Ye Shiwen Goes to 2:09 in 200 IM; Sun Yang Tops 200 Free Semis at Chinese Nationals (Day 2)

China’s Shiwen Ye picked up her first event victory of the 2013 Chinese National Championships on Tuesday, locking 2:09.08 on her 200 IM.

That time improves her world-leading time from January, and leaves her a second-and-a-half faster than anybody else has been this year.

Further, with countrymates Zhou Min (2:11.50) and Zhang Wenqing (2:11.73) both breaking the 2:12 barrier, China how has three of the six fastest 200 IM’ers in the world to date. Last year, only Australia, the USA, and Hungary were able to put three swimmers under 2:12.

In a day where the women’s races were the highlight, Lu Ying won the 100 fly in 57.94. She was followed by Jiao Liuyang in 58.02 and Liu Lan in 58.52. With Lu Zige finishing outside the top three in finals (though the results aren’t binding), it’s likely that Liuyang and Ying will be the tandem in this shorter butterfly race again at this year’s World Championships.

In men’s finals, Wu Peng won the 50 fly in 23.78, and Whang Shuai won a lackluster 100 breaststroke in 1:01.11. Though that ranks outside of the world’s top 10 this year (as the first major Trials meet of the year, one expects most winners to be near the top of the world), it is as fast as any Chinese swimmer went last season. Further, it’s a best time for Shuai after a few years of stagnation in his results.

In the semi-final results. Sun Yang put himself in position for another title with an easy 1:46.23. That ranks him second to only Yannick Agnel in the world this year. Hao Yun and Wang Shun were both 1:48’s in that semi-final.

Liu Xiaoyu topped women’s 100 breaststroke semi-final in 1:07.60; Fu Yuanhui led the women’s 100 back semi-final in 1:00.39; and He Jianbing was at the front of the men’s 100 backstroke field in 53.96.

Zhang Lin, the World Record holder who many were hoping could regain form after a dreadful 2011 and 2012 season, started his meet in the 200 free. He failed to even make the semi-final of that race; he’ll now swim the 100 freestyle later on, but suffice it to say that we;re a long, long way from seeing Lin on the international stage anytime soon.

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Ying Lu really doesn’t get enough credit. She’s been the 2nd best sprint flyer in the world now for several years. And on a more shallow note, she’s also really pretty.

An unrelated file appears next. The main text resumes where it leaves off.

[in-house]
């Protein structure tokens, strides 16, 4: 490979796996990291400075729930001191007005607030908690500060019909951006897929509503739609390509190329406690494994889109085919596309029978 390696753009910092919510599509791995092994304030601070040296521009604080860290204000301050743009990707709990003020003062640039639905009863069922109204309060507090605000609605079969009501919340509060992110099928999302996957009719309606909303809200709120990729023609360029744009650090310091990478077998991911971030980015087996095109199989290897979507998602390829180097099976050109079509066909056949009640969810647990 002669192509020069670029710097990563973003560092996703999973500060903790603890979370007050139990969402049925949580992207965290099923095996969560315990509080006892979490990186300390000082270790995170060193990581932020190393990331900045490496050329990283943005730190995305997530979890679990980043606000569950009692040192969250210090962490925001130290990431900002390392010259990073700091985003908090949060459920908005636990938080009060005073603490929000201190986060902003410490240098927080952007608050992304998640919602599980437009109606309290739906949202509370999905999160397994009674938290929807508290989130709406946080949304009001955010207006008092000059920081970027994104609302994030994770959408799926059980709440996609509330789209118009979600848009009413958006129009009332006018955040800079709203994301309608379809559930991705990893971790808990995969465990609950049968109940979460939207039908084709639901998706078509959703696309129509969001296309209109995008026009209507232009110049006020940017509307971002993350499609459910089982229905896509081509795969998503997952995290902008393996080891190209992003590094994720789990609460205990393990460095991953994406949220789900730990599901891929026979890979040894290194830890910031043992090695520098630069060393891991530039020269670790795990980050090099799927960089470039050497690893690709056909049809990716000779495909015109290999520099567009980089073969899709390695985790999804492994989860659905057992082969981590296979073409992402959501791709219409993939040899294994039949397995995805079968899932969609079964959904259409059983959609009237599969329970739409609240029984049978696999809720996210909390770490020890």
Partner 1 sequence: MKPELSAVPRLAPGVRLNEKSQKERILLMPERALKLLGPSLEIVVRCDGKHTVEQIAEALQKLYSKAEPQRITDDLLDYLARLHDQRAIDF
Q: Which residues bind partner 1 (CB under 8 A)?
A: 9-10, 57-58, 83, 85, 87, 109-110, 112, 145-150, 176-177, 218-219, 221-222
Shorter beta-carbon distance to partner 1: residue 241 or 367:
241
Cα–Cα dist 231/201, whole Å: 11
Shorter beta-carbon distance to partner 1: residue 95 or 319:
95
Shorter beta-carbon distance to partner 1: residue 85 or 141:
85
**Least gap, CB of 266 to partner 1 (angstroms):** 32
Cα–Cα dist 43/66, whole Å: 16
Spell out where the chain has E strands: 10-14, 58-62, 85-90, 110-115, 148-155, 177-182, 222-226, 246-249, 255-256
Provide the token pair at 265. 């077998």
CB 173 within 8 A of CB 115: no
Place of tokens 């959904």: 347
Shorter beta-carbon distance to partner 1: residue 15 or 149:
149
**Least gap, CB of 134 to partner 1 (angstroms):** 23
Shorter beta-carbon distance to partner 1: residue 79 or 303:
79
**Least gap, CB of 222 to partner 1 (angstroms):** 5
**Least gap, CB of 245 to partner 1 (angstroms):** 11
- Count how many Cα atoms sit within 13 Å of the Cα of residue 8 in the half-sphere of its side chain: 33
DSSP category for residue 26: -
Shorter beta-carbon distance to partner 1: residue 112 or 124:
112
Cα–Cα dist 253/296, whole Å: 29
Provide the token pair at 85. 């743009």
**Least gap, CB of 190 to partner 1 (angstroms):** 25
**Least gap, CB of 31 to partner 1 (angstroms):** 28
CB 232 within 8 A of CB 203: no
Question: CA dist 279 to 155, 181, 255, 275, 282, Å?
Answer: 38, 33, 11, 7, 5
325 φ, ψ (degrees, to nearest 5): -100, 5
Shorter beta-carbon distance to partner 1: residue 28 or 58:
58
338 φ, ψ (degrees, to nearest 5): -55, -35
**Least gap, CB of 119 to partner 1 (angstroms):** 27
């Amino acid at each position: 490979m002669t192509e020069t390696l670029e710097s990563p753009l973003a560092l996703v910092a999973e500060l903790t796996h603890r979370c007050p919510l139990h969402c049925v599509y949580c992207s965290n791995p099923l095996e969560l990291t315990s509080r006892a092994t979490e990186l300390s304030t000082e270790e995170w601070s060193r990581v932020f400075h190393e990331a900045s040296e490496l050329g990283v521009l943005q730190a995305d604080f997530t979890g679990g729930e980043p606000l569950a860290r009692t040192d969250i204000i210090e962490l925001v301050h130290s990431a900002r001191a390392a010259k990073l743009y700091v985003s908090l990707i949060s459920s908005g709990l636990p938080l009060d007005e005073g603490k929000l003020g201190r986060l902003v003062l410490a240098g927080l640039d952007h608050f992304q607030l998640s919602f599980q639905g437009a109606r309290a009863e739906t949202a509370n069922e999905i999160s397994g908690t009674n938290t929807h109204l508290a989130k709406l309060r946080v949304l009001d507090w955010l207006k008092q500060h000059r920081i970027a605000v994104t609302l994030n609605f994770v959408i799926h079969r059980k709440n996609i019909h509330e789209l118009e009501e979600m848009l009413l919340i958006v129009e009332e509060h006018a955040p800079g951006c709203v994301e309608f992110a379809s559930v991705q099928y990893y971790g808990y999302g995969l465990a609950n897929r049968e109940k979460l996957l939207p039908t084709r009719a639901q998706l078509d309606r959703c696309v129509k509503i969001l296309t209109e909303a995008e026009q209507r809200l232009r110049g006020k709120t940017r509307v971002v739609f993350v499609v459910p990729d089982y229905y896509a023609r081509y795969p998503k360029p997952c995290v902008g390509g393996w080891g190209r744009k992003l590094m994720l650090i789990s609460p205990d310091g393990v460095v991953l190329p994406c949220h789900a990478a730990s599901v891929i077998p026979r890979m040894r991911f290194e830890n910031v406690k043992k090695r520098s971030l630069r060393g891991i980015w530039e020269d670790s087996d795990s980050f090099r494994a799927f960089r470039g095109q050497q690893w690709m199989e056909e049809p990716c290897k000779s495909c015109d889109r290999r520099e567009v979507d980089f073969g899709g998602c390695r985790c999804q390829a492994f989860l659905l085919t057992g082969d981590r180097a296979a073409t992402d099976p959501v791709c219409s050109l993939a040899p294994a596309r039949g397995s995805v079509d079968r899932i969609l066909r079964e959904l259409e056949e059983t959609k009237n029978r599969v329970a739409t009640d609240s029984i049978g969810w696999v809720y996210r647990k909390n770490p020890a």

Yeah 57.9 100 fly is a good time for men, and for a women that’s extremely fast. And she is very pretty


What more credit does she need? A silver at London & a bronze worlds 2011 is about right.

I notice a new name there lu lian. Lets see how she copes in the Machine.


She’s among the best, but she’s not been the *second best* sprint flyer for *several years*.

You forgot that Coutts was second best in 2011.


She’s been under 58 seconds in the 100 fly 10 times since the start of 2011. Aside from Vollmer, she’s the model of consistency. She’s also easy to like because she’s outspoken and is the only Chinese swimmer to suggest their training methods are boring and that she likes training in Australia more because they’re allowed to do something other than study, swim, eat, and rest. Go Ying Lu!


I hope (although it’s a slim chance) Shiwen breaks the 200 IM WR before her career is over.

That would be incredible, and prove me wrong to ever suggest Kukors’ WR would last for 20 years at least.


without, it probably will.

About Braden Keith

Braden Keith

Braden Keith is the Editor-in-Chief and a co-founder of He first got his feet wet by building The Swimmers' Circle beginning in January 2010, and now comes to SwimSwam to use that experience and help build a new leader in the sport of swimming. Aside from his life on the InterWet, …

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